All over Queens, residents say that increased plane noise is affecting their quality of life. However, the neighborhoods of Maspeth and Middle Village have not been known to have this problem because they are located south of LaGuardia Airport, away from departing routes.
Representatives from the Port Authority and the Federal Aviation Administration sought to address the community’s complaints at a Maspeth Town Hall public information meeting hosted by Assemblywoman Marge Markey (D-Maspeth) on Nov. 6.
Nevertheless, longtime resident and civic leader, Roe Daraio says her windows shake and the planes fly so low “it’s as if they’re going to land on our roof.”
Joyce Franceschina says that she can smell jet fuel on a regular basis.
Mark Guiod, an air traffic manager for the FAA, said that the most frustrating thing about his job is that people keep asking him what has changed. “Nothing’s changed,” he said. “the only thing that ever changes is seasonal weather patterns.”
“Weather doesn’t just happen on Saturday,” one resident replied, referring to the noise that woke up many people in the area shortly after 6 a.m. the previous weekend.
Ed Knoesel from the Port Authority informed the community that one runway was closed for maintenance while the taxiway was repaved and that this will not be a pattern.
Richard Doyle lives in Elmhurst and said the plane noise has never been loud enough to wake him up, prior to June. He believes that the noise has increased because the flight path for arriving planes has shifted about 10 to 15 blocks east. He claims that the planes used to fly over the western end of Maspeth, which is industrial and commercial, rather than the residential area, which is on a hill.
Daraio and Franceschina’s houses sit on the Maspeth plateau, which is seven stories above sea level at its highest point, giving residents an unobstructed view of the Manhattan skyline.
Daraio, who has lived in Maspeth for 38 years, said that she invited neighbors over to eat in her yard, in previous summers.
“This summer, I couldn’t have anyone over. I never went through this ever before. I don’t know why you’re saying you didn’t change anything when I can’t hear my neighbors a few feet away,” she said.
Guiod explained to the meeting NextGen, a highly sophisticated computer system that lets pilots follow a defined path, in order to optimize efficiency, while maintaining safety in the nation’s most complex airspace.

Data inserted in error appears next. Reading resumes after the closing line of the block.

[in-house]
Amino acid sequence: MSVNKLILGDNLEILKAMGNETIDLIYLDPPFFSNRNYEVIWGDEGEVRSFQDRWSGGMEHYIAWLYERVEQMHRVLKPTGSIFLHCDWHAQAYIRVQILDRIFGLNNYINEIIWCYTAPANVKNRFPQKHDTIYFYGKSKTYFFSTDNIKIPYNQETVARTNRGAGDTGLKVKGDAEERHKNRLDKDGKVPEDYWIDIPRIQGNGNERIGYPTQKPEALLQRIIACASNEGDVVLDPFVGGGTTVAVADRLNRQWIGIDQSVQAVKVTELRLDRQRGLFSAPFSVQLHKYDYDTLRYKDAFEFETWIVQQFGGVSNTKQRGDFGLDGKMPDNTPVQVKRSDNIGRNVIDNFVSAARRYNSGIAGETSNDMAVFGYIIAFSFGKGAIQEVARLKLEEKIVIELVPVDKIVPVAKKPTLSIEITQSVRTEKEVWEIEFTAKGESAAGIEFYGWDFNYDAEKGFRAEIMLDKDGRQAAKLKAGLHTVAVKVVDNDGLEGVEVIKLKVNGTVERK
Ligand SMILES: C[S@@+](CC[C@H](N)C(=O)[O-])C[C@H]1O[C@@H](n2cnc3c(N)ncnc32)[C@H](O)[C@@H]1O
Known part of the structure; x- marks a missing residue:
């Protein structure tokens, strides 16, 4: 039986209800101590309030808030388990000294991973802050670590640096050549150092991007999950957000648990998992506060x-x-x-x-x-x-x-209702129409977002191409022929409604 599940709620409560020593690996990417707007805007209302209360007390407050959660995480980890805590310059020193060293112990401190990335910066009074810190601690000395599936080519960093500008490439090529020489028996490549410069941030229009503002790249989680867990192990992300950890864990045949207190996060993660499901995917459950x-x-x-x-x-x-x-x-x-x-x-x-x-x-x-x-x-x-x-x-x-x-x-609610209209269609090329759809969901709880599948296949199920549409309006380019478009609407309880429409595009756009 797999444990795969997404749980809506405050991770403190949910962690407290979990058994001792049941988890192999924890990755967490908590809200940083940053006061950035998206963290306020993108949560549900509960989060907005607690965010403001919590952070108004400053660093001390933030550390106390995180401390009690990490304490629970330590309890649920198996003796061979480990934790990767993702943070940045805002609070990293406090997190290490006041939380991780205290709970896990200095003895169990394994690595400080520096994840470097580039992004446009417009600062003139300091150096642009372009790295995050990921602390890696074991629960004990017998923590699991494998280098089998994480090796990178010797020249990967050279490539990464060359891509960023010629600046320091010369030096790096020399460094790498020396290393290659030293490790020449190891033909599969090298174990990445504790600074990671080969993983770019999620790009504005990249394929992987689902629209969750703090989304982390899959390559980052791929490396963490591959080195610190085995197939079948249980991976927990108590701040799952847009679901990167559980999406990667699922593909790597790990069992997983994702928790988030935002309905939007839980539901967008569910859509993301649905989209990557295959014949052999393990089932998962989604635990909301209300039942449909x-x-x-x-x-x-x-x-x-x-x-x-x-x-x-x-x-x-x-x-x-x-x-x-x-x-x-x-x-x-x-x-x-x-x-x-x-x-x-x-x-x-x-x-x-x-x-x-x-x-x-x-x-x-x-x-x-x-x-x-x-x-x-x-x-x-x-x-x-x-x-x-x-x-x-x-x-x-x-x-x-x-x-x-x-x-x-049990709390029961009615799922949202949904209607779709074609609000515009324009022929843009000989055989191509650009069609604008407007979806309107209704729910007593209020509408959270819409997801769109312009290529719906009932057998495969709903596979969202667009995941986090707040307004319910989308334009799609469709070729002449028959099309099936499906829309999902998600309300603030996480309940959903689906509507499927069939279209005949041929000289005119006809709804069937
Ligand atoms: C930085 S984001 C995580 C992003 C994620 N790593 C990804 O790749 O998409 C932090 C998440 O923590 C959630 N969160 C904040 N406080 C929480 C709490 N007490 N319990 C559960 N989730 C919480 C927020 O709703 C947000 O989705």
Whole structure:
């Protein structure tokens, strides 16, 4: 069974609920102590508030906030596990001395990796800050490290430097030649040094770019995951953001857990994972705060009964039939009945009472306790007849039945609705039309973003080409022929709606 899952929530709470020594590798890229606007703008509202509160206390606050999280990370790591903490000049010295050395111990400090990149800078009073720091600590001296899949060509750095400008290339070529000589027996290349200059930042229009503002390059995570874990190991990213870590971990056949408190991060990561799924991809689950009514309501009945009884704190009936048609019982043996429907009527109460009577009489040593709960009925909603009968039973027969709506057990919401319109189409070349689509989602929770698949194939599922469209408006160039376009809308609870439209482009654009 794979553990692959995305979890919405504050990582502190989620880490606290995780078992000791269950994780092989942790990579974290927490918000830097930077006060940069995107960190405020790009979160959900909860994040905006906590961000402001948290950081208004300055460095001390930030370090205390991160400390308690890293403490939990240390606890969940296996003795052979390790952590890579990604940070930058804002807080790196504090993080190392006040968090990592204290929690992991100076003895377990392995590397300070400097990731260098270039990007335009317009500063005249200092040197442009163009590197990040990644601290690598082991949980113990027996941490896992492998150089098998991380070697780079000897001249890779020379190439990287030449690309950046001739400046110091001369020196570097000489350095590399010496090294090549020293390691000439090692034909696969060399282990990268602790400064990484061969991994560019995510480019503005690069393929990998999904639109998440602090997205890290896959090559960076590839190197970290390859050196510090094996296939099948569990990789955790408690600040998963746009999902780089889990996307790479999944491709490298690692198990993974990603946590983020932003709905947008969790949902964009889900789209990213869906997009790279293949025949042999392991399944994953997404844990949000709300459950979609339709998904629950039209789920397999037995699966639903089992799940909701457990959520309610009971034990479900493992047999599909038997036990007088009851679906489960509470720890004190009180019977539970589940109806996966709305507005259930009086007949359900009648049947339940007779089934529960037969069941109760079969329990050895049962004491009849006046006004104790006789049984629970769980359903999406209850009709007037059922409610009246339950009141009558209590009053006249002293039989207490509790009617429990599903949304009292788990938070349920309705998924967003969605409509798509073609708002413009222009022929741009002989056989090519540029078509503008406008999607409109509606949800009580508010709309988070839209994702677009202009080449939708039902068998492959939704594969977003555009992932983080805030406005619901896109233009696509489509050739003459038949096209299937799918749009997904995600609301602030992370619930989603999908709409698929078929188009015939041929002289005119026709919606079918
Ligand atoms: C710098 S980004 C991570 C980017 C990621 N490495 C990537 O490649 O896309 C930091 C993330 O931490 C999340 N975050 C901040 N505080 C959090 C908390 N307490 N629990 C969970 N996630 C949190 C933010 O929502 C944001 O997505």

Some residents described the frequency by which the planes arrive as one after another, every 20 seconds or so, but Guiod accused them of exaggerating because a plane cannot land until the previous plane has landed and turned off the runway, which takes about a minute and 45 seconds.
“I would give the air traffic controller an award if he can move planes that fast,” he said.
Middle Village resident Len Santoro said that since 2008 the planes have been flying lower over his home late at night, to the point where he can’t keep his window open. Santoro said that he once complained to the Port Authority and was told that planes do not fly below 3,000 feet over his home.
“I find that very hard to believe,” he said.
Former United pilot David Williams described a typical descent into LaGuardia Airport at the meeting. He said that planes approach the city over Prospect Park at 2,500 feet, cross the former Maspeth tanks at 1,500 feet, find the expressway and descend at a three-degree glide, which is preferable to flying low.
A resident asked Guiod if the noise in Middle Village and Maspeth is a result of the departure procedure, which has planes take off south and turn east to fly over northeast Queens, but he said that’s not the case.
Knoesel, told the community that all four noise monitors around LaGuardia Airport will be replaced with new ones, which will monitor real-time noise, to ensure that arriving and departing planes do not exceed the limit of 112 perceived noise level in decibels.
He noted that this has been the limit since the 1960s and that airlines that exceed this level at JFK Airport are hit with a $250 fine, but there is no penalty at LaGuardia. Neither the PA nor the airports can change this discrepancy because the fines are enshrined in federal law, he noted.
Knoesel said the agency will now calculate noise contours, or the average noise in an area, annually rather than every five years.
The agency is updating its website to display flight noise, decibel levels, runway closures and flight tracking in real time. Knoesel said they aim to have the new website up by December.
The complaint system has also been integrated and now consists of a toll free number, (800) 225-1071 and a form is available online at planenoise.com/panynj/daPRAbr9.
Markey said that she will ask Borough President-Elect Melinda Katz to use the Aviation Advisory Committee to serve the community.
Meanwhile, Carmine Gallo, the FAA regional administrator, is forming a roundtable, which will include community representatives, but Guiod does not know when this will happen.